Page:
If your dog presents any symptoms of heatstroke, Bragdon recommends that you bring him inside at once.

"If you suspect your dog is overheating, place him or her inside where you can cool the room with air conditioning or a fan," she says. "If you're outside without this access, a handy vehicle with air conditioning can be a lifesaver. Or if you're on a long hike and your dog is struggling with the heat, an early dip in cool, shallow water is better than attempting a long hike back to the car."

Bragdon says to seek immediate medical attention if he's non-responsive, his temperature stays above 103 degrees F, he has diarrhea or is vomiting, or he can't stop panting. "Labored breathing is a sign your dog is unable to normally thermoregulate by expelling heat through the respiratory tract," she says. Pre-cool the car and alert the veterinary clinic that you're bringing in a dog with heatstroke.

If your dog seems to calm down a bit after a few minutes in a chilled, shady area, you can administer cooling techniques as a form of first aid before taking him to the vet. Here's what Bragdon recommends:

  • Soak towels in cool, not cold, water. Don't use ice, ice packs, or alcohol, as this may result in extreme overcooling. It can also constrict blood vessels and actually prevent cooling.

  • Place your dog on the towels and, if a larger pet, perhaps another around his neck. Don't cover your dog's body completely or it may trap heat.

  • Note the time, and take his temperature every couple of minutes.

  • If he's up to it, let him have little sips of water at room temperature or with a little chicken broth. However, don't force him to drink.

  • Stop cooling methods when his temperature reaches 103 degrees F. Note the time again so you can tell the vet how long your pup's temperature was elevated.

Then pre-cool the car and call the vet clinic to tell the staff you're on the way with a dog in possible heatstroke. "Seek veterinary attention even if your dog appears to return to normal," Bragdon says. "Complications can frequently occur secondary to heatstroke."

dog in backyard kiddie pool; heatstroke in dogs
dog in backyard kiddie pool; heatstroke in dogs

Dorottya_Mathe / Getty

RELATED: How to Create a Pet First Aid Kit

How To Treat Heatstroke in Dogs

Priority Pet Hospital states that a veterinary team treats heatstroke in dogs by:

  • Continuing cooldown treatment.

  • Administering IV fluids, oxygen, and drugs for vomiting and other symptoms, if necessary.

  • Monitoring for shock.

  • Testing blood to determine more severe health complications, such as bleeding disorders, kidney failure, and organ damage.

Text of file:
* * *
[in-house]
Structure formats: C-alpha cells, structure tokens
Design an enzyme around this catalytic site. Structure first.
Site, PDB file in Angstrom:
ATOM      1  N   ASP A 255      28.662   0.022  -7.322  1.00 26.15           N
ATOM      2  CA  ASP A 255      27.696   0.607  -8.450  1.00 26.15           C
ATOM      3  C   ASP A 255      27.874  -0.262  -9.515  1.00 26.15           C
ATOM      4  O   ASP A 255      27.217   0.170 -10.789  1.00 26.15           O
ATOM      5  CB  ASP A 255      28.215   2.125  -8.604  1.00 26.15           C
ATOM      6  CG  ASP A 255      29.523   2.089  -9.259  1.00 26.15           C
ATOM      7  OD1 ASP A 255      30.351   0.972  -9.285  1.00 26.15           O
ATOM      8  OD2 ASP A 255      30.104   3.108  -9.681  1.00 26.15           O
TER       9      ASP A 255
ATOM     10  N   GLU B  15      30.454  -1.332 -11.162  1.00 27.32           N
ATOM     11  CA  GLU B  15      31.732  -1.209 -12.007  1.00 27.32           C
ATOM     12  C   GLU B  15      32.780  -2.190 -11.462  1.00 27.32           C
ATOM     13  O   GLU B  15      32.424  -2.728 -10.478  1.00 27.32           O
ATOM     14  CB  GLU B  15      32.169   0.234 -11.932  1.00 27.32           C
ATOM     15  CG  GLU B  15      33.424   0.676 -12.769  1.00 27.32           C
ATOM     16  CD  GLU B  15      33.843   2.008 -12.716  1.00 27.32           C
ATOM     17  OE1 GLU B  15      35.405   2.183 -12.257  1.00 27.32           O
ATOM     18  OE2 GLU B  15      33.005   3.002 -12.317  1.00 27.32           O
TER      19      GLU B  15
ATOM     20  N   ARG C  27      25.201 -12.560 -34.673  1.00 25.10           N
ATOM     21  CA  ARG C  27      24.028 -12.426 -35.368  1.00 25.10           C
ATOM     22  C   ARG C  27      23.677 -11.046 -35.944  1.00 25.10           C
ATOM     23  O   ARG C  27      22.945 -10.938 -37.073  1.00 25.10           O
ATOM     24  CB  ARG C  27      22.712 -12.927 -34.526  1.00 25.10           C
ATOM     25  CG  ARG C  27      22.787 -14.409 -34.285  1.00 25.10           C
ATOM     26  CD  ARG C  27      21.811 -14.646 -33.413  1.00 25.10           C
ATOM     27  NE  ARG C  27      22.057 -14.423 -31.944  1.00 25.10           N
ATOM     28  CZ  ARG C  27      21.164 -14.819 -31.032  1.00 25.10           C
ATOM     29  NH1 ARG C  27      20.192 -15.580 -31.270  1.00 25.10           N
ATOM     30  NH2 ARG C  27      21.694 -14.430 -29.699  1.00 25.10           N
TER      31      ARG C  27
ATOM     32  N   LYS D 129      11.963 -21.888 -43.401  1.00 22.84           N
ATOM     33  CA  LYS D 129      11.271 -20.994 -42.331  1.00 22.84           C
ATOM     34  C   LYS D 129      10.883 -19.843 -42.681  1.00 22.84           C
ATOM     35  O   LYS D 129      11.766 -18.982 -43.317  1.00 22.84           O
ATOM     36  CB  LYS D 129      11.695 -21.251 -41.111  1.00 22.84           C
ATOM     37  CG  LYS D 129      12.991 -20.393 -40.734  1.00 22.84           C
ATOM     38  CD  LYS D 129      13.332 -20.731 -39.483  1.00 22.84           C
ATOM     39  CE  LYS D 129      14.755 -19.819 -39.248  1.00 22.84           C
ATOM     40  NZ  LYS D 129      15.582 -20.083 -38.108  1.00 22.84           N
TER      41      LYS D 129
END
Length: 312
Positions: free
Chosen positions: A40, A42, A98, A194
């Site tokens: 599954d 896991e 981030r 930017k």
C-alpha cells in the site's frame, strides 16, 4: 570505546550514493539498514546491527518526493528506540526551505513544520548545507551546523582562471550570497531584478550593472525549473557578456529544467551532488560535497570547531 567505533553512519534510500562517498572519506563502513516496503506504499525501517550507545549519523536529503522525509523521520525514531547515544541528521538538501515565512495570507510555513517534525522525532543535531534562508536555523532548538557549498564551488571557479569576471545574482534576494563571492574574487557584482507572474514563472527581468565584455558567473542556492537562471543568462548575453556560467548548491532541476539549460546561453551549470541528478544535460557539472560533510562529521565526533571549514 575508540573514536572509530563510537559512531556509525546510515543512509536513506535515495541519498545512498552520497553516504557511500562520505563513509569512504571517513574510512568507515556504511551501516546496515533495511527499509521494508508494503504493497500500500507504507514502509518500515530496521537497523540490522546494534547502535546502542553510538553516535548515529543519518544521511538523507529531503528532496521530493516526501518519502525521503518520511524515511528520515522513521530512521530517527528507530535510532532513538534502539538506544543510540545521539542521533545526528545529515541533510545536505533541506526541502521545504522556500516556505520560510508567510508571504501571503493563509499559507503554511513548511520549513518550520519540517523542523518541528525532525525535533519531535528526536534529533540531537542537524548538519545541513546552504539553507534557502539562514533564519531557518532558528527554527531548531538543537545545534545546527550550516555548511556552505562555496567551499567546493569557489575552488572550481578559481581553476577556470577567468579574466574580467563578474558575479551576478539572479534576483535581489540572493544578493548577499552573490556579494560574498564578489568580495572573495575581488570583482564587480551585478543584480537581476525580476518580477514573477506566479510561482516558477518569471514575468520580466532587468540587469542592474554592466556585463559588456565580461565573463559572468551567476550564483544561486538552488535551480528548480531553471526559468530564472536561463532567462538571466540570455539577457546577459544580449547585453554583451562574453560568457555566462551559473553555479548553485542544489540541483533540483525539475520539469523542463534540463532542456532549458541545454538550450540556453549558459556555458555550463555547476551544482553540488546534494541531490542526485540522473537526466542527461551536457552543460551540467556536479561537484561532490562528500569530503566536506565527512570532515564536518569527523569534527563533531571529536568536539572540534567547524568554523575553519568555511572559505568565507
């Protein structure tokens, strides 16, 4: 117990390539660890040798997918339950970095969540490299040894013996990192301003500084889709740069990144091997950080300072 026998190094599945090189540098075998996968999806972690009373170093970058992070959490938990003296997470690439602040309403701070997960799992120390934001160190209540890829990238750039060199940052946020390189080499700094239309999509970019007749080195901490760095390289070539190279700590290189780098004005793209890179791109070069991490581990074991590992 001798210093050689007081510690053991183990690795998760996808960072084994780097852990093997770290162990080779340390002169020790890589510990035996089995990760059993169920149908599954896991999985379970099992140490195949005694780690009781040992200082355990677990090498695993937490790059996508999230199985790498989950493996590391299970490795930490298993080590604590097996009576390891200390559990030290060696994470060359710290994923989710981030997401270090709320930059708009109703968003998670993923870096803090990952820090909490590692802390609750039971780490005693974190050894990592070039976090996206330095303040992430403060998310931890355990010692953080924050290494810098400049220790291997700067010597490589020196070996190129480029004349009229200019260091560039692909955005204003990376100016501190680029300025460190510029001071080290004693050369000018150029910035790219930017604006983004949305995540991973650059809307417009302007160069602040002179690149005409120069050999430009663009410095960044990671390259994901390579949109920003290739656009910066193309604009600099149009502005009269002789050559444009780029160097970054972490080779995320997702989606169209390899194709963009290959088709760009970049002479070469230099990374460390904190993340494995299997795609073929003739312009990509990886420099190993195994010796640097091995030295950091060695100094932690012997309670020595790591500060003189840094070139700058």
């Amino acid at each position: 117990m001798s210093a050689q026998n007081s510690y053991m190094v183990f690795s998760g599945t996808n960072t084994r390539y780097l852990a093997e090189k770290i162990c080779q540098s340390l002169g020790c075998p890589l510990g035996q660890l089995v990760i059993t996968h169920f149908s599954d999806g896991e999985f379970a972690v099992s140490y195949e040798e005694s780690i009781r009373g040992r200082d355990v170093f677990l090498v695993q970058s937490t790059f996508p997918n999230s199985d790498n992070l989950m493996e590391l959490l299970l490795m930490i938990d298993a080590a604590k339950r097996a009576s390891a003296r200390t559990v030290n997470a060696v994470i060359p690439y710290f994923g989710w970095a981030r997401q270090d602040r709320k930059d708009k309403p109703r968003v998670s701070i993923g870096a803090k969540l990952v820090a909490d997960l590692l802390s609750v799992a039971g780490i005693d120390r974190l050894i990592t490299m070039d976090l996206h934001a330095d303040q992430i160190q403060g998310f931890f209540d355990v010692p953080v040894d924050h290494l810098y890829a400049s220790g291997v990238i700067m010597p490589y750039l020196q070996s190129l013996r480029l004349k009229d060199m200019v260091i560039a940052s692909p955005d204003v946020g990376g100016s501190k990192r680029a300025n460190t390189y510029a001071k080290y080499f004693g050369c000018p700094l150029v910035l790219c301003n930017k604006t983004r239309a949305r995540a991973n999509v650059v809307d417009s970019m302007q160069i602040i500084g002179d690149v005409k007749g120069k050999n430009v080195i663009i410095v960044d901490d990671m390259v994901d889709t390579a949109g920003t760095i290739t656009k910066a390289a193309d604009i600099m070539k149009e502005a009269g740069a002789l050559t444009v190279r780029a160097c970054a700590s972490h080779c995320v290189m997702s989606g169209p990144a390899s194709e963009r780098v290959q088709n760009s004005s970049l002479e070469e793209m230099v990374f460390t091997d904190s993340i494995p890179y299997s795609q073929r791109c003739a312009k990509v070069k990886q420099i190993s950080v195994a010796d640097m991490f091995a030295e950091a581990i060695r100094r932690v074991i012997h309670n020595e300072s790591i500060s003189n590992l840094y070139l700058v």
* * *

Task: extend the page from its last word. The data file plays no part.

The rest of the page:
How long heatstroke symptoms last in dogs really depends. As you might expect, puppies and seniors, as well as pets with pre-existing health concerns, are most at risk for medical issues. "Early intervention will prevent life-threatening complications, which can occur rapidly with heatstroke," Bragdon says. Generally, if a dog shows signs of recovery within 24–48 hours at the clinic, he'll likely be okay.

Long-Term Effects of Heatstroke in Dogs

In most cases, dogs require hospitalization for about a week to fully recover. Priority Pet Hospital indicates that some dogs need transfusions of plasma or treatment for brain swelling. Occasionally, heatstroke causes seizures in dogs and other organ complications.

How To Prevent Heatstroke in Dogs

Our canine friends can certainly enjoy the outdoors without concern about heat exhaustion or heatstroke if you put the proper measures in place. "My own dogs live primarily outside in a variety of conditions including the heat of summer," Bragdon says. "They have access to a large, shaded garage with a fan and plenty of water, as well as cool shady patches of dirt for digging and napping."

She says because they live outside, her dogs gradually acclimated to changes in seasonal temperatures, but you could always add misting fans or doggie pools to your pet's playground. And give them sweet summertime treats, like watermelon popsicles!

Even with her outdoor dogs, Bragdon still limits physical activity during the heat of the day, walking them in the late evening or early morning. This is an especially good point for exercising pets who stay mostly indoors and aren't accustomed to activity during hot weather. Bragdon says if your dog must be active during the heat of the day, plan for frequent rest breaks in shady areas. "Also have plenty of water on hand and carry a rectal thermometer to closely monitor your dog's ability to cope with the stress of hot weather," she adds.

She also recommends booking time at an indoor doggie daycare facility rather than risk your pup overheating during outdoor activities.